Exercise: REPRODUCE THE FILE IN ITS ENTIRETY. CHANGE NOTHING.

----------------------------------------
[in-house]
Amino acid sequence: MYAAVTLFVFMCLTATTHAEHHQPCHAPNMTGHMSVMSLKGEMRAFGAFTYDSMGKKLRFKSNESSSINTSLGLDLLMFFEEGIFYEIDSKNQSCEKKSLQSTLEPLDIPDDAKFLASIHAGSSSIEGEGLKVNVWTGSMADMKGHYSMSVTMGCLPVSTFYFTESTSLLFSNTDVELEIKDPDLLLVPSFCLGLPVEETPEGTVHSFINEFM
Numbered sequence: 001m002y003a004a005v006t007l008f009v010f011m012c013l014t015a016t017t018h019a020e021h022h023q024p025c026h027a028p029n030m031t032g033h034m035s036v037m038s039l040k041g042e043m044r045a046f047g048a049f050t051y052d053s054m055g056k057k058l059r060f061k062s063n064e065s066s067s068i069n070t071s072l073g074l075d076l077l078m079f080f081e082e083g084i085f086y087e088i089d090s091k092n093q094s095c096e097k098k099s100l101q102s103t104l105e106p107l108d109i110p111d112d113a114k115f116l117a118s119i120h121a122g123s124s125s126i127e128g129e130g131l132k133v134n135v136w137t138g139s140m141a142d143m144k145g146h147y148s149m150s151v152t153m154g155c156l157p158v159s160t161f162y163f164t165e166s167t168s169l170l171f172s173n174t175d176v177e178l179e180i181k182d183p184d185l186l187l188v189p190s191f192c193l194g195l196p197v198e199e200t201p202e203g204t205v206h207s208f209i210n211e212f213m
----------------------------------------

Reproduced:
[in-house]
Amino acid sequence: MYAAVTLFVFMCLTATTHAEHHQPCHAPNMTGHMSVMSLKGEMRAFGAFTYDSMGKKLRFKSNESSSINTSLGLDLLMFFEEGIFYEIDSKNQSCEKKSLQSTLEPLDIPDDAKFLASIHAGSSSIEGEGLKVNVWTGSMADMKGHYSMSVTMGCLPVSTFYFTESTSLLFSNTDVELEIKDPDLLLVPSFCLGLPVEETPEGTVHSFINEFM
Numbered sequence: 001m002y003a004a005v006t007l008f009v010f011m012c013l014t015a016t017t018h019a020e021h022h023q024p025c026h027a028p029n030m031t032g033h034m035s036v037m038s039l040k041g042e043m044r045a046f047g048a049f050t051y052d053s054m055g056k057k058l059r060f061k062s063n064e065s066s067s068i069n070t071s072l073g074l075d076l077l078m079f080f081e082e083g084i085f086y087e088i089d090s091k092n093q094s095c096e097k098k099s100l101q102s103t104l105e106p107l108d109i110p111d112d113a114k115f116l117a118s119i120h121a122g123s124s125s126i127e128g129e130g131l132k133v134n135v136w137t138g139s140m141a142d143m144k145g146h147y148s149m150s151v152t153m154g155c156l157p158v159s160t161f162y163f164t165e166s167t168s169l170l171f172s173n174t175d176v177e178l179e180i181k182d183p184d185l186l187l188v189p190s191f192c193l194g195l196p197v198e199e200t201p202e203g204t205v206h207s208f209i210n211e212f213m